Archive for August 29th, 2018

 © 2018 by James Clark

      Sometimes it pays to be ridiculously late. Years ago, I saw two or three of the films of Claire Denis, and  wrote them off (figuratively) as overwrought, Grand Guignol melodramas pertaining to the outrageous predations upon Africans. Failing to heed the well-known predilection of auteurs to sermonize bullshit about their efforts seeing eye-to-eye with politically correct dullards, I left that hidden and unbeknownst treasure to pursue the singularities of quite untrammeled sensibility within the wheelhouses of the likes of Wong Kar Wai, for instance (his, Happy Together [1997], recently posted).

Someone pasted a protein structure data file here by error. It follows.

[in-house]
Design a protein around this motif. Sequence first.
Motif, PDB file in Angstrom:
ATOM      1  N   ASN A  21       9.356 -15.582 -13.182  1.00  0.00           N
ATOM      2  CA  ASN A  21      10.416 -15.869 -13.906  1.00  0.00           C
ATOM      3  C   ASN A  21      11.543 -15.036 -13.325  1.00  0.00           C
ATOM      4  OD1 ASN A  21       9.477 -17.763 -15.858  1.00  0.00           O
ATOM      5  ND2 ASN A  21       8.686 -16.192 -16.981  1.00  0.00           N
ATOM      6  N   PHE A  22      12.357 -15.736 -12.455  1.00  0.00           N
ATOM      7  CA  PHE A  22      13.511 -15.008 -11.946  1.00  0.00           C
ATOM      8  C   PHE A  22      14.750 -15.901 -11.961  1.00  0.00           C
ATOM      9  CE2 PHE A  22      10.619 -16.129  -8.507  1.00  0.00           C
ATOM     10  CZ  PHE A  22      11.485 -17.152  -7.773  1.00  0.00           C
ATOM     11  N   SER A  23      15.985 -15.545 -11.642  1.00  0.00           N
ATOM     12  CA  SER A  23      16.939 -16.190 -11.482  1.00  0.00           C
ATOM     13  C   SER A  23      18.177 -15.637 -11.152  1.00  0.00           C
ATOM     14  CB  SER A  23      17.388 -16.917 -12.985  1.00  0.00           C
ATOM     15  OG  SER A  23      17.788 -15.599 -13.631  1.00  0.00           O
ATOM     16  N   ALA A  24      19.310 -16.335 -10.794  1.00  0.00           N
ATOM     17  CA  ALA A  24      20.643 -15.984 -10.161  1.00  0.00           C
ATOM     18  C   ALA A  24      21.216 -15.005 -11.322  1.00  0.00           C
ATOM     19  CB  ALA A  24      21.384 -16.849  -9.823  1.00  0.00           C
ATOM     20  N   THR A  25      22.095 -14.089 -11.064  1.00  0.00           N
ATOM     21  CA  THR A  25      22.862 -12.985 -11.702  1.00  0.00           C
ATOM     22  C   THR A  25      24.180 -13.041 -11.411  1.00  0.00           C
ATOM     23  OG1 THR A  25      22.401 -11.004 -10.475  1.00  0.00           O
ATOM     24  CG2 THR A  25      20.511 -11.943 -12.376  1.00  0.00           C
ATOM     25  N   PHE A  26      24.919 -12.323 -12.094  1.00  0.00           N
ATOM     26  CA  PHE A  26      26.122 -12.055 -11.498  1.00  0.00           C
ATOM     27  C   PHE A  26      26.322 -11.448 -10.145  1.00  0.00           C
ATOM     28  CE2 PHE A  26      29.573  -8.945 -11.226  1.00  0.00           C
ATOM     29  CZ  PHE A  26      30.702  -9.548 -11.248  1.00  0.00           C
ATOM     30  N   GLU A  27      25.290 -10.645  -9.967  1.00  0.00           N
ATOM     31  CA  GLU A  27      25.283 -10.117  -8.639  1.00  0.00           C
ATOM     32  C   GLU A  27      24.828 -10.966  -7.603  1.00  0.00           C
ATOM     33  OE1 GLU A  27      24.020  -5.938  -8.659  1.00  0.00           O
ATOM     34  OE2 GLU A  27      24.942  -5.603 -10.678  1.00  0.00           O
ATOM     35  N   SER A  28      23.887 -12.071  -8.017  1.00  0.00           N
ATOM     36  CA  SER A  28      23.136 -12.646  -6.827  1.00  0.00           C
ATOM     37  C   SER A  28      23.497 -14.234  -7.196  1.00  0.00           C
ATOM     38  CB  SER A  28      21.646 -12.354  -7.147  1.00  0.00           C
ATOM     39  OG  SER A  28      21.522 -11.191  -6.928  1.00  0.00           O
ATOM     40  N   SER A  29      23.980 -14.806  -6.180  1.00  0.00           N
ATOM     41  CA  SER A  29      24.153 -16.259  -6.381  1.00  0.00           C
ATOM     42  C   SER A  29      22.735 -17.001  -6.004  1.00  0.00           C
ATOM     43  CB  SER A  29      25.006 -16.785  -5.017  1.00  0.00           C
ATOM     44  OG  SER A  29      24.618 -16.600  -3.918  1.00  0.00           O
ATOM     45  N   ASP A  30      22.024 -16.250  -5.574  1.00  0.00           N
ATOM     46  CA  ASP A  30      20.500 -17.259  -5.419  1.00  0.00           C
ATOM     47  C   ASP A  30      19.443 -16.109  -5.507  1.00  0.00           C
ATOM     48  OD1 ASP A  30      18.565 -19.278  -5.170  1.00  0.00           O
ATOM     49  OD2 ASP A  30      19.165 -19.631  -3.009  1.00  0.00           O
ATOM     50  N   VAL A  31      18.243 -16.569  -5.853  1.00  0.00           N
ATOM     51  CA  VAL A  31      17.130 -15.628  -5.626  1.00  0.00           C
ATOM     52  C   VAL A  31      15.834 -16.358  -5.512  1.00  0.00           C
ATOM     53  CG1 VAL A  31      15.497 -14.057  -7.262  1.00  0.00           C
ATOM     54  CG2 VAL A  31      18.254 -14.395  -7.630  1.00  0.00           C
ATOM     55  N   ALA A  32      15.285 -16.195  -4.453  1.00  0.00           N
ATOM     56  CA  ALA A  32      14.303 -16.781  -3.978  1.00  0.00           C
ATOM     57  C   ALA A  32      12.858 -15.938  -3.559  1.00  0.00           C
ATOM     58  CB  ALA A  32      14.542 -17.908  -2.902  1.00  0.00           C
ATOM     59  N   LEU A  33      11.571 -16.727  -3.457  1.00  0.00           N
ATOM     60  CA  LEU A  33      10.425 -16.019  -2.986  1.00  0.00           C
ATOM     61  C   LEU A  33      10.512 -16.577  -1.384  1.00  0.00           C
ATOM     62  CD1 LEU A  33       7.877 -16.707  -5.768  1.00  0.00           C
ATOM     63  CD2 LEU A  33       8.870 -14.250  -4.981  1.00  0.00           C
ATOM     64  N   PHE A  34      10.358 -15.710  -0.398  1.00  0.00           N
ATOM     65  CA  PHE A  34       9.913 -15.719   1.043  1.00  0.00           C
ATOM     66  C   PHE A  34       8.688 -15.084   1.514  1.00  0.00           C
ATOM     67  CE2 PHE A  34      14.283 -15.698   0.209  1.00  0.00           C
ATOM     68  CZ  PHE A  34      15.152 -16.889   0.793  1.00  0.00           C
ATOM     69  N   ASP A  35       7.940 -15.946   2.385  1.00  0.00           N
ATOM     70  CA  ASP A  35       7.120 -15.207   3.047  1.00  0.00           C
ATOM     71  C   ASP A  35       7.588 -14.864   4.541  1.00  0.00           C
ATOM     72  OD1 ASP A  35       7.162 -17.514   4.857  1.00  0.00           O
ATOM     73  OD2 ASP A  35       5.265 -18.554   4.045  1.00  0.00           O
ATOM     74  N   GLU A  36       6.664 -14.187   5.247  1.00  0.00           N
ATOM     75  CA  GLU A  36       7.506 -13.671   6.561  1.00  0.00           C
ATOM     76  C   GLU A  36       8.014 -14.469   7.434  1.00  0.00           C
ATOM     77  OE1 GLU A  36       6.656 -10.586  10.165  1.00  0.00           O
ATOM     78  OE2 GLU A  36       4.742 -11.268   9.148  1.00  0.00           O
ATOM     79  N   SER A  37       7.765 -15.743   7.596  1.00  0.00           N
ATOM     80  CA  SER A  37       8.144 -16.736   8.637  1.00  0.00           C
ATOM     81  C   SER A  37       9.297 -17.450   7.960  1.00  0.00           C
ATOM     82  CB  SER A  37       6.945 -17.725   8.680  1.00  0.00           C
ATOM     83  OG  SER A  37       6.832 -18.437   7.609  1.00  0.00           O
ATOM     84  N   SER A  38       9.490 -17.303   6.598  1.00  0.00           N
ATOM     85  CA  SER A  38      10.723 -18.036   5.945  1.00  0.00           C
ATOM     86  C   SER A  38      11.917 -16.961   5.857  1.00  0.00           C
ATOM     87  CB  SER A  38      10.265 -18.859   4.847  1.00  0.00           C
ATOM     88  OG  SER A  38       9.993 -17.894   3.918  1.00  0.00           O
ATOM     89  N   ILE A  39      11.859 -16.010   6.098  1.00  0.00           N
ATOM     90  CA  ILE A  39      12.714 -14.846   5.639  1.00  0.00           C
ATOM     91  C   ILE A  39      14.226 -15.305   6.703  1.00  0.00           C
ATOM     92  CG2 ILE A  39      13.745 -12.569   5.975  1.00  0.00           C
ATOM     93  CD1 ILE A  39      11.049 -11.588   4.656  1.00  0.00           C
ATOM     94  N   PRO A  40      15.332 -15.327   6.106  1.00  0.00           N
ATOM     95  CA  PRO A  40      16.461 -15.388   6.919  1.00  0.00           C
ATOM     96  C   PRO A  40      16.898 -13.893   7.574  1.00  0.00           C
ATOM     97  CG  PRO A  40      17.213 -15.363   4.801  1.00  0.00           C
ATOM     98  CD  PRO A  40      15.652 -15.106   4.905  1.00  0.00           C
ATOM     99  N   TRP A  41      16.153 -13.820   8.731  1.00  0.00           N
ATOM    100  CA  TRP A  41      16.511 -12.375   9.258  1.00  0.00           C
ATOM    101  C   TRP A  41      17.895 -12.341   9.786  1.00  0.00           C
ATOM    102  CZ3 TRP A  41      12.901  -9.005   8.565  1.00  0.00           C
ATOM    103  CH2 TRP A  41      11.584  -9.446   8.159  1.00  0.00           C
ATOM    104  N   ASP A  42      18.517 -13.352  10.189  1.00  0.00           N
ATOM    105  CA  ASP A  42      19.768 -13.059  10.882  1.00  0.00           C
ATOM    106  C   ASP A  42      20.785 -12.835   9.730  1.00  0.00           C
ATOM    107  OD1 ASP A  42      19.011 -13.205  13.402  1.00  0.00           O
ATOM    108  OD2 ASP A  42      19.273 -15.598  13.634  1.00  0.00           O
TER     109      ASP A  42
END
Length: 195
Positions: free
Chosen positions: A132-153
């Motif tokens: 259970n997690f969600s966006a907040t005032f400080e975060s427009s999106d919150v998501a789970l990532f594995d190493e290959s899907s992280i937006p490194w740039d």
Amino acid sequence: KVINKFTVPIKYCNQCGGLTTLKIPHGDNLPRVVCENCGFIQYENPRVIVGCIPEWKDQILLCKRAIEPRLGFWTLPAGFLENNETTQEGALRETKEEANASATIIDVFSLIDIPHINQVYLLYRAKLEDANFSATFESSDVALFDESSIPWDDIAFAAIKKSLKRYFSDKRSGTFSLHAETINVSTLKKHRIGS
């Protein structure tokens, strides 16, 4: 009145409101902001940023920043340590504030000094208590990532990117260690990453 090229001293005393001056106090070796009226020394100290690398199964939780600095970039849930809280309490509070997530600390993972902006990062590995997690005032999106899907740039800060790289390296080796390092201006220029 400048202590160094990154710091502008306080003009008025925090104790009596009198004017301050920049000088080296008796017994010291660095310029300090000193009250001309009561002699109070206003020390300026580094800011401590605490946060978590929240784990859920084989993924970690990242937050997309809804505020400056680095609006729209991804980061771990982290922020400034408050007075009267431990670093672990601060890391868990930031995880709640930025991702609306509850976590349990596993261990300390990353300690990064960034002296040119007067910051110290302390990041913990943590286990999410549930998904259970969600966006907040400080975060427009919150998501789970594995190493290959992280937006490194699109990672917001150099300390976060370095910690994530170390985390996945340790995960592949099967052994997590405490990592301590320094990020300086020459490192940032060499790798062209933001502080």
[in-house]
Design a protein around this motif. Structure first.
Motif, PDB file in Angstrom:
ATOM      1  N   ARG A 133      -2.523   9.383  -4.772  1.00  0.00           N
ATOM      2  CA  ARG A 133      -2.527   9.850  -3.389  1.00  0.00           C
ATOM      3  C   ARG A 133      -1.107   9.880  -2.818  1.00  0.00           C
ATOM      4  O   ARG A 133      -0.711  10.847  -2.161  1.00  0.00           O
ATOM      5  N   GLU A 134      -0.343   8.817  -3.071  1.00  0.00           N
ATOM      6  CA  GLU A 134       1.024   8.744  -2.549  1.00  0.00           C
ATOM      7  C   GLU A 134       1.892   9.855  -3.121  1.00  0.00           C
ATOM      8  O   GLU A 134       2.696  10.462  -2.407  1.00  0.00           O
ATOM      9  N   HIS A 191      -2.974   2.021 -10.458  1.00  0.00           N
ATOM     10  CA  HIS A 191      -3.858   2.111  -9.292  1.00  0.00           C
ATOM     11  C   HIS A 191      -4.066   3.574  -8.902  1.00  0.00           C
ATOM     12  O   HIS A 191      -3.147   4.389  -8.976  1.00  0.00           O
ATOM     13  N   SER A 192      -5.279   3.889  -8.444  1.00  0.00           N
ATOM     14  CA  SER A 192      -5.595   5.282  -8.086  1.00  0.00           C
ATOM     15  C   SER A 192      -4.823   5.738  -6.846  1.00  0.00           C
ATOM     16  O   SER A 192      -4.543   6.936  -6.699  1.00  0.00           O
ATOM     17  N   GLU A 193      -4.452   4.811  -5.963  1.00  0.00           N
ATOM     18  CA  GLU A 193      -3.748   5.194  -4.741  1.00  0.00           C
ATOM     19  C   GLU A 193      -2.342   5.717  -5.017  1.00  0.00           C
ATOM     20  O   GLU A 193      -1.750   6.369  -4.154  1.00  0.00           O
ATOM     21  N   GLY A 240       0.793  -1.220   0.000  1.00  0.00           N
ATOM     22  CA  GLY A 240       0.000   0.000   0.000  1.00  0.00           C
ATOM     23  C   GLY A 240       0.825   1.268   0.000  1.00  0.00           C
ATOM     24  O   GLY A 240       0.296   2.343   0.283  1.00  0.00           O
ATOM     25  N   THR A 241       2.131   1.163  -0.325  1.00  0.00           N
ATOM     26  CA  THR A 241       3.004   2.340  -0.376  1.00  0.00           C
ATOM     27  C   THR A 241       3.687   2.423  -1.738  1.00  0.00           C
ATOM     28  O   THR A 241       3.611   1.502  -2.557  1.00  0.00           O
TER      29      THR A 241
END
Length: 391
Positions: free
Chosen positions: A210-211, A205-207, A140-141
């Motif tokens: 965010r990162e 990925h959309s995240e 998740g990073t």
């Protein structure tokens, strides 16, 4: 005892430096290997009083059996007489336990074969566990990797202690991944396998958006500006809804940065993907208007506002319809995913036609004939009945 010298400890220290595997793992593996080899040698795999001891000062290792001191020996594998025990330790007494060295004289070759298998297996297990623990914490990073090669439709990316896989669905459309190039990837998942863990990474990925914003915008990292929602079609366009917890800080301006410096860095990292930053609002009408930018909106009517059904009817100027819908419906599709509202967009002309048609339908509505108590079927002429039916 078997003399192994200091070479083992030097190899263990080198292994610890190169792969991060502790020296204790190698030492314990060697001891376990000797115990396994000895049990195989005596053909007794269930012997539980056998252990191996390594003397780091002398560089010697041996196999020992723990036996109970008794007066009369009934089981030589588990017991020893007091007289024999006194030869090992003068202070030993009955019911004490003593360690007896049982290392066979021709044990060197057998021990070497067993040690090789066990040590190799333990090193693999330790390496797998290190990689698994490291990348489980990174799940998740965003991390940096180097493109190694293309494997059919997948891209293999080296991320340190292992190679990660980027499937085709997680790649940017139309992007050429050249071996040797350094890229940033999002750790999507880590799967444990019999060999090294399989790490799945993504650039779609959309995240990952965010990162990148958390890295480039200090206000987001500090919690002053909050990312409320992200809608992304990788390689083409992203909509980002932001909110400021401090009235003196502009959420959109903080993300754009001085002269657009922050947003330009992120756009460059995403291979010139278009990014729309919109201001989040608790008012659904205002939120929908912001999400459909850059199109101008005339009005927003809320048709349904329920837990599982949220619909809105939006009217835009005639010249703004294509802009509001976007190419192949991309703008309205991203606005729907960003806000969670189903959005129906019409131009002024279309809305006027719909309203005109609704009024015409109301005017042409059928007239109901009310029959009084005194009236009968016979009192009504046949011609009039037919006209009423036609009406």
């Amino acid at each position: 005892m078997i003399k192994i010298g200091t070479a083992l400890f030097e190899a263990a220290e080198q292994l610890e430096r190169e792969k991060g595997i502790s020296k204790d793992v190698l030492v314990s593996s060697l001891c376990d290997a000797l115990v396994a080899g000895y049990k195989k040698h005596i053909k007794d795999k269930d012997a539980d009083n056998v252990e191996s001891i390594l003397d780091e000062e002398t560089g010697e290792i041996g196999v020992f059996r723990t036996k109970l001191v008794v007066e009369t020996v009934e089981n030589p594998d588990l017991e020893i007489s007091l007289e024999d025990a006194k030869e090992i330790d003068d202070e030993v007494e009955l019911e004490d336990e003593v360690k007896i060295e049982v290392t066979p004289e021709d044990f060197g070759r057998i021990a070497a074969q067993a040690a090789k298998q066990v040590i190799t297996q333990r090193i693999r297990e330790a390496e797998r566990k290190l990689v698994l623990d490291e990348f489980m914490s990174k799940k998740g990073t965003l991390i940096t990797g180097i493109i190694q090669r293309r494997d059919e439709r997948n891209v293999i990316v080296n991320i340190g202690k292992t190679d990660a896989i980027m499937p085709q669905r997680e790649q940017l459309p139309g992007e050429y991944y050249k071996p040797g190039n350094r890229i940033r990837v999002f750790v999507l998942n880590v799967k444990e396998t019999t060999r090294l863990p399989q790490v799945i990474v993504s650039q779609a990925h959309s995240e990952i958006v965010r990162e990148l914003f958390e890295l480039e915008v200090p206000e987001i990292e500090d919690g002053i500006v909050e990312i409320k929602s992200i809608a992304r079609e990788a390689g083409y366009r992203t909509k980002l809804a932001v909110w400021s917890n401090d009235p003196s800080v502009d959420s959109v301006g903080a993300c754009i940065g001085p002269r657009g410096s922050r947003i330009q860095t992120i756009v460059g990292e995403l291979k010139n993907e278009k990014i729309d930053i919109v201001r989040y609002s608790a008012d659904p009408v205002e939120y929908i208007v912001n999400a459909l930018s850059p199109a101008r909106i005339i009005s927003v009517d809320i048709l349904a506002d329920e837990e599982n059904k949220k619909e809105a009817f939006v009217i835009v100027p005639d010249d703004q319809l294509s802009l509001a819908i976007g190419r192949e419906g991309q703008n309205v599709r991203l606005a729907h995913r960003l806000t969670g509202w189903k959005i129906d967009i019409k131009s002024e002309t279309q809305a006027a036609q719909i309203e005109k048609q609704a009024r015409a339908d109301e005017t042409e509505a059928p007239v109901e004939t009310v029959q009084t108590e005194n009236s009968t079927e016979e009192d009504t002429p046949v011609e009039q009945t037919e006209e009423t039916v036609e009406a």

Having also been a latecomer to the skills of Ingmar Bergman, there were notions about Denis’ extremities which began to make much more sense. Since her film, White Material (2010), is copiously woven with the cosmic elements to be seen in Bergman’s, The Seventh Seal (1957), that seems to be a good starting point. It is fearlessness, not salvation, being the essence of Bergman’s work; and it is fearlessness, not foreign aid, of the essence of Denis’ work. Therefore, our first step has to do with our protagonist, Maria, tempting the fates by refusing to get away from the collision of rebel and French colonial militia forces in mid-century Africa. At a road on her coffee plantation she is visited by a hovering French Army helicopter, from which the following one-way dialogue screams: “Madame Vial! The French Army is pulling out! We’re leaving! You’ll be completely cut off! Think it over, Madame Vial! Think of your family… We’re pulling out… You must leave immediately.” Madame Vial swishes away as best she can the reddish soil kicked up by the chopper, which resembles a dinosaur, especially its image as a shadow in flight (a fossil), a commotion whose time has passed in a peculiar way. The retreaters shower down many black containers with the words, “Survival Kit,” prominently inscribed. Maria, after lifting one up, tosses it away contemptuously. (more…)

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